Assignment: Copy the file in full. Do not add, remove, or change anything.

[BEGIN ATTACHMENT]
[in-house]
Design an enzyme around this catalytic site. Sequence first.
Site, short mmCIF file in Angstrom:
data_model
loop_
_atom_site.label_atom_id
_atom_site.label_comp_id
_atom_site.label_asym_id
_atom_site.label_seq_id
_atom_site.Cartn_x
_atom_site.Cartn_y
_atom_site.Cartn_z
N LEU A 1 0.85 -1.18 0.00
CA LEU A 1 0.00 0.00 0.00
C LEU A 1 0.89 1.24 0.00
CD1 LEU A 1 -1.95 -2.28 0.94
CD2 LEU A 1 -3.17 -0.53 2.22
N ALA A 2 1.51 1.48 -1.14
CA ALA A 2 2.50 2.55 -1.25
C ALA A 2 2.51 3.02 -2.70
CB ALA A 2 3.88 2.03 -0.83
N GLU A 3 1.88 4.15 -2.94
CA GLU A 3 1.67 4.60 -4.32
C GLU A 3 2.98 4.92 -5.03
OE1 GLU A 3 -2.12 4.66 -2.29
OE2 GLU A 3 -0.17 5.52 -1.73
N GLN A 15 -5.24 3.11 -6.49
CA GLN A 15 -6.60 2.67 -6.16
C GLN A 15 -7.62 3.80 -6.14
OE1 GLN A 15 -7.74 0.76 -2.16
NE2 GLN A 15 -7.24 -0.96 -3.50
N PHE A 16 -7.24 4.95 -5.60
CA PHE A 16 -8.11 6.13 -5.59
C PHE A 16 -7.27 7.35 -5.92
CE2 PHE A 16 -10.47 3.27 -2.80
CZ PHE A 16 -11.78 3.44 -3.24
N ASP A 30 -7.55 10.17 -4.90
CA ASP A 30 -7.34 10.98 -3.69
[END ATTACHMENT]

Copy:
[in-house]
Design an enzyme around this catalytic site. Sequence first.
Site, short mmCIF file in Angstrom:
data_model
loop_
_atom_site.label_atom_id
_atom_site.label_comp_id
_atom_site.label_asym_id
_atom_site.label_seq_id
_atom_site.Cartn_x
_atom_site.Cartn_y
_atom_site.Cartn_z
N LEU A 1 0.85 -1.18 0.00
CA LEU A 1 0.00 0.00 0.00
C LEU A 1 0.89 1.24 0.00
CD1 LEU A 1 -1.95 -2.28 0.94
CD2 LEU A 1 -3.17 -0.53 2.22
N ALA A 2 1.51 1.48 -1.14
CA ALA A 2 2.50 2.55 -1.25
C ALA A 2 2.51 3.02 -2.70
CB ALA A 2 3.88 2.03 -0.83
N GLU A 3 1.88 4.15 -2.94
CA GLU A 3 1.67 4.60 -4.32
C GLU A 3 2.98 4.92 -5.03
OE1 GLU A 3 -2.12 4.66 -2.29
OE2 GLU A 3 -0.17 5.52 -1.73
N GLN A 15 -5.24 3.11 -6.49
CA GLN A 15 -6.60 2.67 -6.16
C GLN A 15 -7.62 3.80 -6.14
OE1 GLN A 15 -7.74 0.76 -2.16
NE2 GLN A 15 -7.24 -0.96 -3.50
N PHE A 16 -7.24 4.95 -5.60
CA PHE A 16 -8.11 6.13 -5.59
C PHE A 16 -7.27 7.35 -5.92
CE2 PHE A 16 -10.47 3.27 -2.80
CZ PHE A 16 -11.78 3.44 -3.24
N ASP A 30 -7.55 10.17 -4.90
CA ASP A 30 -7.34 10.98 -3.69